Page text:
communication researchers, with convention attendance of  
approximately 5,000. Its choice of speaker (for many conferences)  
indicates an exemplar in the field. From the NCA website: http://

[vii] In addition, in my own School of Communication, Library, and  
Information Studies, Homeland Security Initiative money was regularly  
available, and faculty members were encouraged to apply for it. A  
former colleague of mine received millions of dollars to develop  
digital deception detection technology. Also, the original poster on  
the cultstud listserv revealed that his department received large  
grants to monitor the effects of military recruitment games on  
players. A whole study is hopefully in the works right now that  
traces these funding sources and their impact on the communications  

[viii] The nonchalance of announcing this part of her research agenda  
caused a brief but intense controversy on the premiere listserv for  
international cultural studies. Message posted by Dr. Jeremy S.  
Packer, from the Dept. of Communications at Penn State University.  
([cultstud-l] NCA and "Homeland security?" June 7, 2005). Within the  
NCA, Critical/Cultural Studies is among the most popular divisions,  
with the fastest growing membership of any division in the association.

[ix] While plenty of private schools have communications programs  
now, it was originally the provenance of major public universities.  
Even today the top programs are in the Big 10, while the Ivy Leagues  
are grumblingly beginning to even acknowledge communications as a  
scholarly pursuit.

[x] R.W. Greene and D. Hicks (2005). "Lost Convictions: Debating Both  
Sides and the Ethical Self-Fashioning of Liberal Citizens," Cultural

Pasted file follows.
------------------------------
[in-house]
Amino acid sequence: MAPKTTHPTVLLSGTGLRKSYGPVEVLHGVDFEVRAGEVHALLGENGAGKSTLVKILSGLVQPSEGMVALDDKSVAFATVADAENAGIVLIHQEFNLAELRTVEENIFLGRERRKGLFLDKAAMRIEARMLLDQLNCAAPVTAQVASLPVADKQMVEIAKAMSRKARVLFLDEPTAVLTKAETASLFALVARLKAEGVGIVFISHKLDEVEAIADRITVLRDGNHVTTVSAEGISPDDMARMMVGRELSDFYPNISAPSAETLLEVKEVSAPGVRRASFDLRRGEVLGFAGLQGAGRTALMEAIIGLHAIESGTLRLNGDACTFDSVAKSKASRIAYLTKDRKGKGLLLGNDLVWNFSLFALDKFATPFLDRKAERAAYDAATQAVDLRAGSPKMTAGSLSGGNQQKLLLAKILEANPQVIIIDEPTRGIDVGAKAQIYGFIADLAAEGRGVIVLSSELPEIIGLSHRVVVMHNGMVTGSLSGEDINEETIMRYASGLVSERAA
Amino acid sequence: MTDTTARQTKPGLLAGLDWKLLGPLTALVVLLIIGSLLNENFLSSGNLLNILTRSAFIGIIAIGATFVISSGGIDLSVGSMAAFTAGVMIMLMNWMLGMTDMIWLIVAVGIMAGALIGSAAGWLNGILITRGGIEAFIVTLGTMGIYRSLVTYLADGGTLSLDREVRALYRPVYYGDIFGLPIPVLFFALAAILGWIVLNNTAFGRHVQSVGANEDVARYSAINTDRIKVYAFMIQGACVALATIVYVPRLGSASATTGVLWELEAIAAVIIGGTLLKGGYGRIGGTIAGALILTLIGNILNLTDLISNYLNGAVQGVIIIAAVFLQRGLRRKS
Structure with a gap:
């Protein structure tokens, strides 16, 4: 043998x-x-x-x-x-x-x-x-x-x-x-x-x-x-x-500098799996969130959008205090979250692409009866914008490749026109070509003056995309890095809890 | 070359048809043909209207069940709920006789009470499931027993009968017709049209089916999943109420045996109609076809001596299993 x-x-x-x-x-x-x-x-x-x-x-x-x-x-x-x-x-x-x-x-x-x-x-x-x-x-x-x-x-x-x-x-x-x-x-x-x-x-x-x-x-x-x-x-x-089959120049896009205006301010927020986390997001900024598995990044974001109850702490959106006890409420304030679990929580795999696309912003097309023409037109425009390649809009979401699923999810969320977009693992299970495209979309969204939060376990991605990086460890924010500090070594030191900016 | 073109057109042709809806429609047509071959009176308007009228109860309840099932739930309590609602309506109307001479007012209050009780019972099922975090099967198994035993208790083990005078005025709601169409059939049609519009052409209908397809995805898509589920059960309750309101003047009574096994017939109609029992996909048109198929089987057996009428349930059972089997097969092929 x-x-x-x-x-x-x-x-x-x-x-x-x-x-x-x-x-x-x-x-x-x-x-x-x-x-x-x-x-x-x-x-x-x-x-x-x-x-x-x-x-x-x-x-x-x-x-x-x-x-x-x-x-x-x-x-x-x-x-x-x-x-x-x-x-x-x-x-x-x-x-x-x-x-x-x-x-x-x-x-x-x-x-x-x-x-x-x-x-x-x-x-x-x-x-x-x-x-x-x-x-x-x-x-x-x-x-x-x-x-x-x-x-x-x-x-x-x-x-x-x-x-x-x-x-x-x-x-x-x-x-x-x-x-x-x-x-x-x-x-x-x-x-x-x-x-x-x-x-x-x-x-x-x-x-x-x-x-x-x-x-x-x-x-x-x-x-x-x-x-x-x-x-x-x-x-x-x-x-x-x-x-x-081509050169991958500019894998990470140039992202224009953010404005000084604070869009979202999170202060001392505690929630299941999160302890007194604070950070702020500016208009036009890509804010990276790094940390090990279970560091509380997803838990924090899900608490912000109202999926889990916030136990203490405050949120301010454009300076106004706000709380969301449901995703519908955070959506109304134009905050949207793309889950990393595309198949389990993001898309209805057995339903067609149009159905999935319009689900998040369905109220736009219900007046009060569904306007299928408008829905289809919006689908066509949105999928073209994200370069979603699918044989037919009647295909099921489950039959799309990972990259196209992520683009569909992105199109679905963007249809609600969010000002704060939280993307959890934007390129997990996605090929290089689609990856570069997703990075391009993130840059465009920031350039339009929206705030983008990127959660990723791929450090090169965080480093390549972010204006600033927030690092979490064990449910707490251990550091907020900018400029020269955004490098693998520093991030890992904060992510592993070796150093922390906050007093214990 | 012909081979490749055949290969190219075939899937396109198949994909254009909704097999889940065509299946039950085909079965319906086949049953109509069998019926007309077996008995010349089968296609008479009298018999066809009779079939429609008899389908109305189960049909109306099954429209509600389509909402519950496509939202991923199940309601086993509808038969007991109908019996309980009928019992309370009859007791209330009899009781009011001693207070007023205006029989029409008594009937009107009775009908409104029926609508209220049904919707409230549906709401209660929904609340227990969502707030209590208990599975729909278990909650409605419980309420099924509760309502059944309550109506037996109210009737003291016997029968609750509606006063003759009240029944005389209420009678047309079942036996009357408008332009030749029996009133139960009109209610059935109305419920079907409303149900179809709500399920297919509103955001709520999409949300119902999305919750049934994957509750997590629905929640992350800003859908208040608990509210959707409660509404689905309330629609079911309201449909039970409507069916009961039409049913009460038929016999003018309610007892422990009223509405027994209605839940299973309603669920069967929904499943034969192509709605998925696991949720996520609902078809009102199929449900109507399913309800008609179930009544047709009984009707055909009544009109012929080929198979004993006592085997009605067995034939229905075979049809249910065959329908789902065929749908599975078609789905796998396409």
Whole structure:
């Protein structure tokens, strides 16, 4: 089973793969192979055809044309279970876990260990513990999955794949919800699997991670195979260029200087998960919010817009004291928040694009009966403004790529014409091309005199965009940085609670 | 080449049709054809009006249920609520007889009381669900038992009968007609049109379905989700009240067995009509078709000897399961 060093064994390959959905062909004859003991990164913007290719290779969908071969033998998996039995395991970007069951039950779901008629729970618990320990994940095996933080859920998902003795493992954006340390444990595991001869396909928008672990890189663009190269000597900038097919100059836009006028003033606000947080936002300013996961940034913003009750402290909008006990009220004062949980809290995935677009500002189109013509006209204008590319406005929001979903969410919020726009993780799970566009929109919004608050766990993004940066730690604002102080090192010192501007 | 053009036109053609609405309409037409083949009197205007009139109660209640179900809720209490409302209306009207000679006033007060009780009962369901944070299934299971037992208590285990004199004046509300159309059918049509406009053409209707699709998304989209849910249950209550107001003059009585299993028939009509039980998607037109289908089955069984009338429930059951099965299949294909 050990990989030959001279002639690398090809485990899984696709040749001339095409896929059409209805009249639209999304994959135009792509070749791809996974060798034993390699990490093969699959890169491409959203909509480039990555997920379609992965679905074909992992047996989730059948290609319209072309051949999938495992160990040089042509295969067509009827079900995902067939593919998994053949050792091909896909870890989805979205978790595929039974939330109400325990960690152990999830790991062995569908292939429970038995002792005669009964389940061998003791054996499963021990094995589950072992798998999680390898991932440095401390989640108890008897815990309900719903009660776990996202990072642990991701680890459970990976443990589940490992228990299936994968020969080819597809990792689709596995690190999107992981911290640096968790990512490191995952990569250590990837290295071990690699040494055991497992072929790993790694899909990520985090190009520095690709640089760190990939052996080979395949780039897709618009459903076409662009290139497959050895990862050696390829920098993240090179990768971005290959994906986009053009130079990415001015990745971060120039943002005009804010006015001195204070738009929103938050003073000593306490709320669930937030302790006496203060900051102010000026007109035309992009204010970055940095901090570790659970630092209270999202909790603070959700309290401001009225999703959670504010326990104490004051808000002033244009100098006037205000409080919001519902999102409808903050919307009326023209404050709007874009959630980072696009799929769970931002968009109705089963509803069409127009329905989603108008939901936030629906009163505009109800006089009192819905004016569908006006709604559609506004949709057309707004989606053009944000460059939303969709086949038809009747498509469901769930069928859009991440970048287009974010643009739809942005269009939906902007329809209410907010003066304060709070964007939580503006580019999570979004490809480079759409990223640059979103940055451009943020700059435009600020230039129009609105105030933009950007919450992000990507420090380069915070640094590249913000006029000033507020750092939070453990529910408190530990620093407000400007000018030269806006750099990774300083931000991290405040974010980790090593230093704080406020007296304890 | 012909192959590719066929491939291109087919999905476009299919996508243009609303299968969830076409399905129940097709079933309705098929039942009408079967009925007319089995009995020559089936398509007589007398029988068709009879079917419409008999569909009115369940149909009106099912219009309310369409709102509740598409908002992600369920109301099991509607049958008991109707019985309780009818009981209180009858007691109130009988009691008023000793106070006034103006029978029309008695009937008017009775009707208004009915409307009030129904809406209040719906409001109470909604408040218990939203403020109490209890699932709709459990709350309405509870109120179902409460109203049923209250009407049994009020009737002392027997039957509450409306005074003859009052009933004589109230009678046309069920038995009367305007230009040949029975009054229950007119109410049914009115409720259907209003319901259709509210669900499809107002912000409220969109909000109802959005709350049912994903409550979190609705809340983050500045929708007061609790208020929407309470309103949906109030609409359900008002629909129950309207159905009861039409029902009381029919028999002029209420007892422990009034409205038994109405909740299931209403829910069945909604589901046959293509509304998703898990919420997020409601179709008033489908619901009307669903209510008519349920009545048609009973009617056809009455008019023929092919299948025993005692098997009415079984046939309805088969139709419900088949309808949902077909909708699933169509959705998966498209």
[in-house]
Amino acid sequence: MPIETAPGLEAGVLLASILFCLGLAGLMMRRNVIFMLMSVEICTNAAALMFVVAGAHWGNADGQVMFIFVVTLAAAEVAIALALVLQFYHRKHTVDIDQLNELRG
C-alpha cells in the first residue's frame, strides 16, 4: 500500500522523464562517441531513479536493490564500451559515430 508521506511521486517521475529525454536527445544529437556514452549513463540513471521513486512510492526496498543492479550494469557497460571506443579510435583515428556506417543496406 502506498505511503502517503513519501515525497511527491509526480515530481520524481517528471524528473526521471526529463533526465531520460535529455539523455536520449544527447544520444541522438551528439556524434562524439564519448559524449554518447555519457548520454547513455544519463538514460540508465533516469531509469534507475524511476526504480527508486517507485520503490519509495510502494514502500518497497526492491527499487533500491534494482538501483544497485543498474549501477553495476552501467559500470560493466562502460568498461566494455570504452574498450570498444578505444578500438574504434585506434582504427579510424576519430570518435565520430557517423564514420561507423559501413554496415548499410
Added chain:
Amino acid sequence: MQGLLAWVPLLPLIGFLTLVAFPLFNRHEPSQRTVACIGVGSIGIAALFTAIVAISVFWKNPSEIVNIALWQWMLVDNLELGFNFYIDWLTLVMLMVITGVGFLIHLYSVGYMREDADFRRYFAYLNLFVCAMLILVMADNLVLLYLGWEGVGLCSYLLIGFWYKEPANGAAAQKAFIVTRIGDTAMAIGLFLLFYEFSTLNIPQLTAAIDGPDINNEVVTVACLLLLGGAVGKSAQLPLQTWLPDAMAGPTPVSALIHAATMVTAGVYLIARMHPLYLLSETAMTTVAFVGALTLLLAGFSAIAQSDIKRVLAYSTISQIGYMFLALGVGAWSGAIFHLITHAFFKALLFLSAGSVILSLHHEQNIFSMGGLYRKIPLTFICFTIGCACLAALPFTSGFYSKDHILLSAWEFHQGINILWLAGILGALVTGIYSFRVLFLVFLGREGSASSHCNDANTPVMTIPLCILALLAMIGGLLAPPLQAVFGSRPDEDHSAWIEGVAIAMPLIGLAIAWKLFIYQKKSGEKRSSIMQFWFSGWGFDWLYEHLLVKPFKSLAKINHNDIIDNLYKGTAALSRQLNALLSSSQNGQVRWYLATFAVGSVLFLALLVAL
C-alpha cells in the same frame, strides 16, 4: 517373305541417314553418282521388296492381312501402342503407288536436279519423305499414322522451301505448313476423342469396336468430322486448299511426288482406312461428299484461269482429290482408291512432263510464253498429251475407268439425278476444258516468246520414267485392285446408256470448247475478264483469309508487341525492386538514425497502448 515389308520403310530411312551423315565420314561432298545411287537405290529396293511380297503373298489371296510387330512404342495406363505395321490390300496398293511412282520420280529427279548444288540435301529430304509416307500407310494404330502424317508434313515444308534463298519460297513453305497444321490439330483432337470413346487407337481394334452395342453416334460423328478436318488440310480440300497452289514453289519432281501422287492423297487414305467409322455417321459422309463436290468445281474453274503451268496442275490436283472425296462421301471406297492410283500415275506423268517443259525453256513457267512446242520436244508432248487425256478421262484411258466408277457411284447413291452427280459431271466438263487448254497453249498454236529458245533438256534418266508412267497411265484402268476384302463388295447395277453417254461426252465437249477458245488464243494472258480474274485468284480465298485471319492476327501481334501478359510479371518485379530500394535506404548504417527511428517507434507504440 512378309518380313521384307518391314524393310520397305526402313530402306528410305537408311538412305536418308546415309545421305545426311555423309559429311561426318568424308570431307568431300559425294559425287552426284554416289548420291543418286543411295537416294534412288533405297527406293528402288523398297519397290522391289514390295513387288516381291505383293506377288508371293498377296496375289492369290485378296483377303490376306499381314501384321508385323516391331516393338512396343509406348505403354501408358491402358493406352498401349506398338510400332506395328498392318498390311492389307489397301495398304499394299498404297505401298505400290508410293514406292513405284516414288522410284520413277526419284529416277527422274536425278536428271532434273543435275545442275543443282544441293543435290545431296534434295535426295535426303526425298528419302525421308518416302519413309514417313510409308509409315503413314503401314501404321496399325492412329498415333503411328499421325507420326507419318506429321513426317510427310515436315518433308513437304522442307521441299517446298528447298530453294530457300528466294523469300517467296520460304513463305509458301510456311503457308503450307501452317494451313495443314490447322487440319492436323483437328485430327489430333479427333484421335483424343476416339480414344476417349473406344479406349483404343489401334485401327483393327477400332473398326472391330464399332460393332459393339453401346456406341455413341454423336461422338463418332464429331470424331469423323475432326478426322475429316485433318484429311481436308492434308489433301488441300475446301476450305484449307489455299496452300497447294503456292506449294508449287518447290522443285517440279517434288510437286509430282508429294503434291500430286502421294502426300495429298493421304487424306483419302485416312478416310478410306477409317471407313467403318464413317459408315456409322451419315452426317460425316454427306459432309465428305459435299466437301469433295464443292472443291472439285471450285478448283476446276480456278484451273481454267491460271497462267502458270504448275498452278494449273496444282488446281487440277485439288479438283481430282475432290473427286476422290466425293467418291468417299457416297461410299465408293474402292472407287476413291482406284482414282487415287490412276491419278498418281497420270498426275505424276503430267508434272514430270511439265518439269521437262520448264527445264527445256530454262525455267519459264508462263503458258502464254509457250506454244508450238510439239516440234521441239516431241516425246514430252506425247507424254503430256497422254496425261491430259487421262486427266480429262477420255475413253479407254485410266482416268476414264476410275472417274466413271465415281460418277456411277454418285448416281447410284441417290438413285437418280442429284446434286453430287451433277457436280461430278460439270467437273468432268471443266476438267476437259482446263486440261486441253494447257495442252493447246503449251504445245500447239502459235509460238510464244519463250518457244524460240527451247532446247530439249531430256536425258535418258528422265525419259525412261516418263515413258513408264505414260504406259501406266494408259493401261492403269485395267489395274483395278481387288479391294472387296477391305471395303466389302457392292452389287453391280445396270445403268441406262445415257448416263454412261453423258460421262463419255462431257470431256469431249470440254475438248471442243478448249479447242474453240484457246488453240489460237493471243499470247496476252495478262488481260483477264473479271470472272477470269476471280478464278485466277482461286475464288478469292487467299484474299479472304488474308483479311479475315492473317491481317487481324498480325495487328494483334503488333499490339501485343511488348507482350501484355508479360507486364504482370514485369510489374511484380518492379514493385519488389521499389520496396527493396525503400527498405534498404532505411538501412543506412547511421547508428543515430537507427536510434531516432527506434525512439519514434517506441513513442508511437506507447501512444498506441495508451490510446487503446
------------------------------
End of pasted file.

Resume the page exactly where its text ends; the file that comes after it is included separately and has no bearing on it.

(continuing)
Studies 19.1(January)): 100-126.

[xi] Simpson, Science of coercion.

[xii] Armand Mattelart, Mapping World Communication: War Progress  
Culture, Trans. Susan Emanuel and James Cohen. (Minneapolis:  
University of Minnesota Press, 1994).

[xiii] This U.S. Army pamphlet (a two-volume, 1100-page hardbound  
set) contains analysis by Pentagon PSYOPS specialists, advertisers,  
political scientists and sociologists, theater professors and  
filmmakers. Art and Science of Psychological Operations. United  
States Army Pamphlet, 1973.

[xiv] Paul Lazarsfeld, "Remarks on Administrative and Critical  
Communications Research." Studies in Philosophy and Social Science 9,  
(1941): 2-16.

[xv] Paolo Virno, A Grammar of the Multitude, (Los Angeles, CA:  
Semiotext(e), 2004), 84.

[xvi] Critics have argued that the attempt to found entirely new  
historical analyses and materialist theories out of such a marginal  
moment is making mountains out of molehills. However, this  
"overproduction" is itself an autonomist performance, I would argue.  
The ability to elaborate and create new horizons with limited  
resources is an interpretive vis viva, demonstrating the abundant  
wealth that results from collaborative capacities.

[xvii] Cited in Nicholas Dyer-Witheford, Cyber-Marx: Cycles and  
struggles in high technology capitalism, (Urbana: University of  
Illinois Press, 1999): 220.

[xviii] Dyer-Witheford, Cyber-Marx, 222.